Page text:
As acrid smoke filled the air, turning the sky around her sleepy hometown, Fox Creek, Alberta, a garish blood orange, Nicole Clarke said she felt a sense of terror.
With no time to collect family photographs, she grabbed her two young children, hopped into her pickup truck, and sped away, praying she wouldn’t drive into the blaze’s menacing path.
“This feels like a Canadian Armageddon, like a bad horror film,” said Ms. Clarke, a 37-year-old hair stylist, standing outside her pickup truck, a large hamper of dirty laundry piled in the trunk.
In a country revered for placid landscapes and predictability, weeks of out-of-control wildfires raging across western Canada have ushered in a potent sense of fear, threatening a region that is the epicenter of the country’s oil and gas sector.
Climate research suggests that heat and drought associated with global warming are major reasons for the increase in bigger and stronger fires.
Amid frequent fire updates dominating national television news broadcasts, the blazes have also helped unite a vast and sometimes polarized nation, with volunteers, firefighters and army reservists from other provinces rushing in to lend a hand.
Roughly 29,000 people in Alberta have been forced from their homes by the recent bout of wildfires, though that number has been cut in half in recent days as fires subsided.
Ms. Clarke said her family had been staying in cheap motels since they were ordered about a week ago to evacuate their home. But she and her boyfriend were unemployed and money was quickly running out.
“I don’t know if I’ll have a home to return to,” she added on Thursday, sobbing.
The fires have produced such thick smoke that during recess, children in some towns have remained in their classrooms rather than risk smoke inhalation outside. Dozens of residents left in such a frantic panic that they left pets behind.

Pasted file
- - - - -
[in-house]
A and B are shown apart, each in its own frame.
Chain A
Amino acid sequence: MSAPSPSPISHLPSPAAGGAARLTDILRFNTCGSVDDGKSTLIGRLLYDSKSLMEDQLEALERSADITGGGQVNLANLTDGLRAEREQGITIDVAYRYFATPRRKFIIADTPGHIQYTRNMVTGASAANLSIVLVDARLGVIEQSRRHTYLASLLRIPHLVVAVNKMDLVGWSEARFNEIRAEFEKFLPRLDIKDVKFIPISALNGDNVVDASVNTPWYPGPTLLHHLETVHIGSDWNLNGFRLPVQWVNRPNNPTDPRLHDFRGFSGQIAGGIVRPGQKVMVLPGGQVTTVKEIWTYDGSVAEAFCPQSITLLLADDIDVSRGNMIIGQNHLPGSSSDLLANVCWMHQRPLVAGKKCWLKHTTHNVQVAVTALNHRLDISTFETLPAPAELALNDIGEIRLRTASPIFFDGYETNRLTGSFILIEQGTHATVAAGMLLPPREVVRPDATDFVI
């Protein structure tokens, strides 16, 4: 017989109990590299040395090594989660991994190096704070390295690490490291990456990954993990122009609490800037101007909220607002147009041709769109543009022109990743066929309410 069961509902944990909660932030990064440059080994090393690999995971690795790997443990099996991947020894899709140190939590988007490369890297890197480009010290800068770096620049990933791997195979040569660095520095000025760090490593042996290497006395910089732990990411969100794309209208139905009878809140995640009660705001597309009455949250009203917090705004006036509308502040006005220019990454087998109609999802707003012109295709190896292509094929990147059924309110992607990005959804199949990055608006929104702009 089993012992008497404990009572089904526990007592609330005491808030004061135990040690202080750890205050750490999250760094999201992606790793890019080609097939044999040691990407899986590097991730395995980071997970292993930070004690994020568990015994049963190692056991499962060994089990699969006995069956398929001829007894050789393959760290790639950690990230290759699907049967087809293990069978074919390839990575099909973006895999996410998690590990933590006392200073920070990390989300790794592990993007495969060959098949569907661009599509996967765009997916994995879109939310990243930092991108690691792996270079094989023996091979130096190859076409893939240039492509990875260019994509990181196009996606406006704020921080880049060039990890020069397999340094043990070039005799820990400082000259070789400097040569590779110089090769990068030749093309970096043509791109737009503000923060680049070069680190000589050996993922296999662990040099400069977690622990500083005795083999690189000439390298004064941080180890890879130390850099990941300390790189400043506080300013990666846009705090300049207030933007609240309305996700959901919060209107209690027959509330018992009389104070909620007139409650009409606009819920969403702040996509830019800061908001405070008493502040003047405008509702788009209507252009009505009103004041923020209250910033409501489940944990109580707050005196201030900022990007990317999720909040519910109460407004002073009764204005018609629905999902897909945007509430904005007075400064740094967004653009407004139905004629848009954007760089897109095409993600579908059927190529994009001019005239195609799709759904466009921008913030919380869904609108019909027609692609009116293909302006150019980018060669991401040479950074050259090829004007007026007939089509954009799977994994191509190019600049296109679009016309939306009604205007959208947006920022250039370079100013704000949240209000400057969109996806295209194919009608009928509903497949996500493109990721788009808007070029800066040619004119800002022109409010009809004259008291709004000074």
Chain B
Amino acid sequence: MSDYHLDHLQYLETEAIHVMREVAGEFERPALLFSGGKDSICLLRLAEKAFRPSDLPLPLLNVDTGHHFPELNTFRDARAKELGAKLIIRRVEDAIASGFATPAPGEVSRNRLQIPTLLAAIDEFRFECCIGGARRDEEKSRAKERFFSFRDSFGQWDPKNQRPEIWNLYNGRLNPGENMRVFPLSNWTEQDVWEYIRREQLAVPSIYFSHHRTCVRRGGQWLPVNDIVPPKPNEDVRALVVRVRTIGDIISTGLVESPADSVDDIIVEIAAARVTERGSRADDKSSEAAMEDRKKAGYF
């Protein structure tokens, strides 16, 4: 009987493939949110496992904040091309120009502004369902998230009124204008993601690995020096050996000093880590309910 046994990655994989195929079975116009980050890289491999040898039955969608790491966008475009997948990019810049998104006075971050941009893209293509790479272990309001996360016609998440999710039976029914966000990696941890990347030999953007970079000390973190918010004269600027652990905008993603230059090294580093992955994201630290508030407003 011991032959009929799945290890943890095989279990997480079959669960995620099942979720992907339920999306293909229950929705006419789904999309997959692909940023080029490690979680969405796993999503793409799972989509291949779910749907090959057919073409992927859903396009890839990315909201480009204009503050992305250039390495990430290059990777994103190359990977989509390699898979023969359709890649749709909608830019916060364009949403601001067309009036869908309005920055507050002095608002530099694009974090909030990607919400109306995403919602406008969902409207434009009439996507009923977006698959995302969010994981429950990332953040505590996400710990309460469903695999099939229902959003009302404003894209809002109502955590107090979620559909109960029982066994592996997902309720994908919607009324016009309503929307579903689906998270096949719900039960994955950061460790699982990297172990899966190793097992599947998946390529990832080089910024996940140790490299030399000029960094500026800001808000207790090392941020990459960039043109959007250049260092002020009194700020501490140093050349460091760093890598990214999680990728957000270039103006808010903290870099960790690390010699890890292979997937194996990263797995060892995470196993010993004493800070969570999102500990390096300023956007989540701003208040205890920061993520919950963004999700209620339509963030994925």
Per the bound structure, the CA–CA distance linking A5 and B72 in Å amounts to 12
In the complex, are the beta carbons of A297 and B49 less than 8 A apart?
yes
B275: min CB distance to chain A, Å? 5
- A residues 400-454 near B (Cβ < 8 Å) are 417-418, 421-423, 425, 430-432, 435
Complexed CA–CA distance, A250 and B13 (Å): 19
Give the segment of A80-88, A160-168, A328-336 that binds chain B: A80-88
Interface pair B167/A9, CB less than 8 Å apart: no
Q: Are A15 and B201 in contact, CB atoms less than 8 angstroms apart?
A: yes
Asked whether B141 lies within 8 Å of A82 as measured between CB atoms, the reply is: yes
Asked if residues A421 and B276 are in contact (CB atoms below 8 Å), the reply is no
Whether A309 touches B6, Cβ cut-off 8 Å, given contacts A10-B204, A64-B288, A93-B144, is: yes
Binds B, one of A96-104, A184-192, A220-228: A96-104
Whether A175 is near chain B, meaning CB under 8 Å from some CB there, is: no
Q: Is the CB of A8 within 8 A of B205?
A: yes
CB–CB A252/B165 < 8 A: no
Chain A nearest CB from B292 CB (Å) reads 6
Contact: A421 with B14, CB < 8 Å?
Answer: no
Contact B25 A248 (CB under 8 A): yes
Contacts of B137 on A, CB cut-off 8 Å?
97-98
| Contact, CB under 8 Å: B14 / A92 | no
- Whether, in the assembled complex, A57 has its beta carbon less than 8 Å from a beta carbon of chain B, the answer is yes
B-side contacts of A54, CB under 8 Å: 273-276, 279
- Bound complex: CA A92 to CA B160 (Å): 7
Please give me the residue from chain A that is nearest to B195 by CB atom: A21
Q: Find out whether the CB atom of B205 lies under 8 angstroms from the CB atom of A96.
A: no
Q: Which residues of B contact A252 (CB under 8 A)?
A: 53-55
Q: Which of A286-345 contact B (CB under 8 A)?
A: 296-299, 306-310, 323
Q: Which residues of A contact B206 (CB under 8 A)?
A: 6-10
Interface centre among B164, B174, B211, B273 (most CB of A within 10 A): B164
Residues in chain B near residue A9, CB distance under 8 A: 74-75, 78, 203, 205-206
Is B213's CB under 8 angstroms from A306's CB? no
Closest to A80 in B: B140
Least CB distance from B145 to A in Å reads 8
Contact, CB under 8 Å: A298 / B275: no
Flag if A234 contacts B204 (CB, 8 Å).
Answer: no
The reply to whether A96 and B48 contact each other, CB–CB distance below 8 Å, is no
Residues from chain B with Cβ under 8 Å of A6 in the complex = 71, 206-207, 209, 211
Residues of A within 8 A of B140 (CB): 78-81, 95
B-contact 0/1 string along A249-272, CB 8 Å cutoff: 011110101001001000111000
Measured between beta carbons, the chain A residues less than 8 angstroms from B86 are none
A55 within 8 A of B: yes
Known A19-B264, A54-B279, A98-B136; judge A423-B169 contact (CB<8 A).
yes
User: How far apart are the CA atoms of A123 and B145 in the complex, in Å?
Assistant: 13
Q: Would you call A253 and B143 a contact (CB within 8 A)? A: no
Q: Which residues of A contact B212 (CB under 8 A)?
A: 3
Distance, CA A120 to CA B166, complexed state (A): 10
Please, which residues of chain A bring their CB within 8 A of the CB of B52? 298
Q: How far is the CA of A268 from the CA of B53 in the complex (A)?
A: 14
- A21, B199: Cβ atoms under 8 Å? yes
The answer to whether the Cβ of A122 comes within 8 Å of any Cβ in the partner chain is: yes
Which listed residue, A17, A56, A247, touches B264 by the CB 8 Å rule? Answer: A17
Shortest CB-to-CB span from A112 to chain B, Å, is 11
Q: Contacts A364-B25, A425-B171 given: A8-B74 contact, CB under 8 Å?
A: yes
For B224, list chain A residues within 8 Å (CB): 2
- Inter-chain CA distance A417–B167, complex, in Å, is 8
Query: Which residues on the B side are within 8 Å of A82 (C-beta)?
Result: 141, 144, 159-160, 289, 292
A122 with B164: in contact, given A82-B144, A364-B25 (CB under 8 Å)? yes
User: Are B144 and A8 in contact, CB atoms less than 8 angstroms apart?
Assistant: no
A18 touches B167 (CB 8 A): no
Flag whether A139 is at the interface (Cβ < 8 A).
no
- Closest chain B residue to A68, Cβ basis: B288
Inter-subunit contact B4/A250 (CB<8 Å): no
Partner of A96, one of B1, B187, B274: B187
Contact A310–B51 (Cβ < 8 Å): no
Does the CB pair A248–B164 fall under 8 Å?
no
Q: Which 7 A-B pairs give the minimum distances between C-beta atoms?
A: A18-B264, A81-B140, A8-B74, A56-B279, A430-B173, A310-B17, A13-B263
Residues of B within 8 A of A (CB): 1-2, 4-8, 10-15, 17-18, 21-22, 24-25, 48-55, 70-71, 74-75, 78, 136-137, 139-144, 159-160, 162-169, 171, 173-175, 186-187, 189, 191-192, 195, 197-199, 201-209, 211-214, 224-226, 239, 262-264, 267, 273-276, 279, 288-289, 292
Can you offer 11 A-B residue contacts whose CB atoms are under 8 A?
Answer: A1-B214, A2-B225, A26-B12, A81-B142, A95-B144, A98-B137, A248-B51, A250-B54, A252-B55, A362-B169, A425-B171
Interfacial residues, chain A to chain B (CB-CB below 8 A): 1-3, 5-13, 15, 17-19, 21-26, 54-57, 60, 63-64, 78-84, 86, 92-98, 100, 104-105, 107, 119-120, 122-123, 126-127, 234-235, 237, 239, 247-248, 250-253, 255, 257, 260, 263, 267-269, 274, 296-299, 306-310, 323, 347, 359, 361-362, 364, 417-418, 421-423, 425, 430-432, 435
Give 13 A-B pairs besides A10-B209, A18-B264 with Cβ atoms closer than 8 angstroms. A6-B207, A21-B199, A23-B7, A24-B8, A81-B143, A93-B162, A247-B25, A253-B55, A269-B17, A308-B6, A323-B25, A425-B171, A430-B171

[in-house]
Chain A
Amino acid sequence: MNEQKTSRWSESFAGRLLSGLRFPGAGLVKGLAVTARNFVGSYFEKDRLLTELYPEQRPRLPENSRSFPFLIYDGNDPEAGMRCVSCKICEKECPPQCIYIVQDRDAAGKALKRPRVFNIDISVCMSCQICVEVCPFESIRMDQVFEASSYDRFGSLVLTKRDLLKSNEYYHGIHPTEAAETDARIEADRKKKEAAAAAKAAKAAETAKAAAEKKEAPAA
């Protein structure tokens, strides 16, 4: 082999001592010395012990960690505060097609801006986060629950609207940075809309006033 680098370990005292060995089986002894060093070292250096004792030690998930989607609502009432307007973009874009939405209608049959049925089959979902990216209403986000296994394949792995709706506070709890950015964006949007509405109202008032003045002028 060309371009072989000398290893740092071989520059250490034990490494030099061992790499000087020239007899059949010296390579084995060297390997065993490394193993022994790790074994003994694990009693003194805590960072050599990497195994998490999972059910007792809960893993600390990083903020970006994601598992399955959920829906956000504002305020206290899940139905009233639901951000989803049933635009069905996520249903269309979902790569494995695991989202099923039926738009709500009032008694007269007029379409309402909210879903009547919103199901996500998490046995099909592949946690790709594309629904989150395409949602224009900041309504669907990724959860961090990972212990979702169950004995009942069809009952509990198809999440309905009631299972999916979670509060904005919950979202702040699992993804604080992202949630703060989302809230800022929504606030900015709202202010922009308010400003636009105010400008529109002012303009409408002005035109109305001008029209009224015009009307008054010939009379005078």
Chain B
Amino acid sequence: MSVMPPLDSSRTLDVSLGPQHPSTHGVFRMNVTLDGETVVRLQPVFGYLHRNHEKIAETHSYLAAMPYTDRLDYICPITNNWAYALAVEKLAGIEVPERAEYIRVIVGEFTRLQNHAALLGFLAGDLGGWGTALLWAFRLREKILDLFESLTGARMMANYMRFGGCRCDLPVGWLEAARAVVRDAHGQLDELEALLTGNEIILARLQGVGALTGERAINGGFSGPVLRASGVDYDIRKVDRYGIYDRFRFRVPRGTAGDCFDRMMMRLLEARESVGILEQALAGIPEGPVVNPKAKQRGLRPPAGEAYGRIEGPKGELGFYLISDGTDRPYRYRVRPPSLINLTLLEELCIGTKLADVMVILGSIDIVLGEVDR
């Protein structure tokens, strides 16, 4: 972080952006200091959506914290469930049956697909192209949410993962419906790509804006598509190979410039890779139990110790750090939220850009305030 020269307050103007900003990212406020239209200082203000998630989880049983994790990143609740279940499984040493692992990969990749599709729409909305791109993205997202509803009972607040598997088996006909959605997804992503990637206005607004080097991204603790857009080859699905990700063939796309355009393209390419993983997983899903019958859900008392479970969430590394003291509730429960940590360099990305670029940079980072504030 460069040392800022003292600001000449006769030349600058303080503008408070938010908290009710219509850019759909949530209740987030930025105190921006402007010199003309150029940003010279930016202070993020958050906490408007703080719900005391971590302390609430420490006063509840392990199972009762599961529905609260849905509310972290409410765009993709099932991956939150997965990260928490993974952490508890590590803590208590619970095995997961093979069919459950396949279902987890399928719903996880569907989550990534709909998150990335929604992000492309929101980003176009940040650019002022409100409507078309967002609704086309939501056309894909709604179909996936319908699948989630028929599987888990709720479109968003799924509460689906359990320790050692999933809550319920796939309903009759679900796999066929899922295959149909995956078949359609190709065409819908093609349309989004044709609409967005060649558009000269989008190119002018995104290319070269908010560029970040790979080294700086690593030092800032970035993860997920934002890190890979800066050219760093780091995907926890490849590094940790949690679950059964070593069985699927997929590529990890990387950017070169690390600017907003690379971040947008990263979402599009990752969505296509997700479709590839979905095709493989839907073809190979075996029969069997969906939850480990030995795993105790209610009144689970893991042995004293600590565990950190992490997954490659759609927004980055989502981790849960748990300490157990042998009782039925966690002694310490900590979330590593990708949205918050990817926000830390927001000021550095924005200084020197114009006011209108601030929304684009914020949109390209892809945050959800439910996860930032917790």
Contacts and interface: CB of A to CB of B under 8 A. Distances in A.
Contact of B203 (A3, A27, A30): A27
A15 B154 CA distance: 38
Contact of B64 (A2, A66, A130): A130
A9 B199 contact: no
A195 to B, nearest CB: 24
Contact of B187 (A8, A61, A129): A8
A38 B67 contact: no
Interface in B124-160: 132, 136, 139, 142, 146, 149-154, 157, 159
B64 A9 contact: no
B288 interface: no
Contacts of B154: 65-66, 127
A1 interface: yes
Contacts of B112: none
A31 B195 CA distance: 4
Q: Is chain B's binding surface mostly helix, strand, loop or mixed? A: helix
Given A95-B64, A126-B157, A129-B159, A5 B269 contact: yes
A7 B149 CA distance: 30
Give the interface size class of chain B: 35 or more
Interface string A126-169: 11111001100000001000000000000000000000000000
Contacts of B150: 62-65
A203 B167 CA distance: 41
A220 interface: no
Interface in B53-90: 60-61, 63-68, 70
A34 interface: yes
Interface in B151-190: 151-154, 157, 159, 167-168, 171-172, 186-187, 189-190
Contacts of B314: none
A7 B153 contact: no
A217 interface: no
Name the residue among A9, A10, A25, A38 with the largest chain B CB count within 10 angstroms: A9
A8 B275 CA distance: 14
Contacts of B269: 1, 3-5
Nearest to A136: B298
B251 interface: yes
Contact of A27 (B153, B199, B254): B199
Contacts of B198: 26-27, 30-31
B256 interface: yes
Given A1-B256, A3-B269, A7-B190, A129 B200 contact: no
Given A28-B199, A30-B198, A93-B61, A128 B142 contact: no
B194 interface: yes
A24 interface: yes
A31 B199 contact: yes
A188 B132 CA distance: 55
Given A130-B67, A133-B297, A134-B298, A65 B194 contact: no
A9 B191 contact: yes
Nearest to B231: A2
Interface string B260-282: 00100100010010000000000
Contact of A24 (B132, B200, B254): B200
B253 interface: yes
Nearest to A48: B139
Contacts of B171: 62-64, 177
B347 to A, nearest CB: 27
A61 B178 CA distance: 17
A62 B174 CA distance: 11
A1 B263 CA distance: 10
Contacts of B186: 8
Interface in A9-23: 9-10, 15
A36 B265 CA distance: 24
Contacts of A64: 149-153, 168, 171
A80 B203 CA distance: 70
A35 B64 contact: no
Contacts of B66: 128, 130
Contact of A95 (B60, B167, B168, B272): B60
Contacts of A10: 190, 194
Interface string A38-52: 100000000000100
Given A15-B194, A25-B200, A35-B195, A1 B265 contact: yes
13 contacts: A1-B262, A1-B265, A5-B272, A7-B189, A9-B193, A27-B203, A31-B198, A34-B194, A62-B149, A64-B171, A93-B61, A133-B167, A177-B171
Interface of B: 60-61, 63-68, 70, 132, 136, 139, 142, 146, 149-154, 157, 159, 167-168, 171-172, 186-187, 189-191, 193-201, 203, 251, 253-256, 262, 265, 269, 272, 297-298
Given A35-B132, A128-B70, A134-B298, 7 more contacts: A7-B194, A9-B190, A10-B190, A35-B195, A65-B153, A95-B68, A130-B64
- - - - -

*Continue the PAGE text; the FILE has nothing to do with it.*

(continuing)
On Highway 43, a long stretch of Alberta highway peppered by small, evacuated towns, the thick layer of smoke blanketing the road on Thursday conjured the feeling of a dystopia.
With helicopters hovering overhead dropping water, police cars with flashing lights blocked parts of the highway as fires approached the road. Residents trying to return to homes they hoped were still intact commiserated as they were forced to turn back.
Fires have broken out throughout western Canada, including British Columbia, but hardest hit has been neighboring Alberta, a proud oil and gas producing province sometimes referred to as “the Texas of the North,” which has declared a state of emergency. More than 94 active wildfires were burning as of Friday afternoon, potentially upending summer plans in a rugged province where outdoor pursuits are part of daily life.
British Columbia was the site in 2021 of one of Canada’s worst wildfires in recent decades, when fires decimated the tiny community of Lytton after temperatures there reached a record 49.6 degrees Celsius, or 121.3 Fahrenheit.
Not since the worst of the Covid-19 pandemic buffeted the region has the area been so overcome by apprehension, accompanied by the all-too familiar need to wear masks outside. Only this time, residents say, a silent killer has been replaced by something more visceral and visible.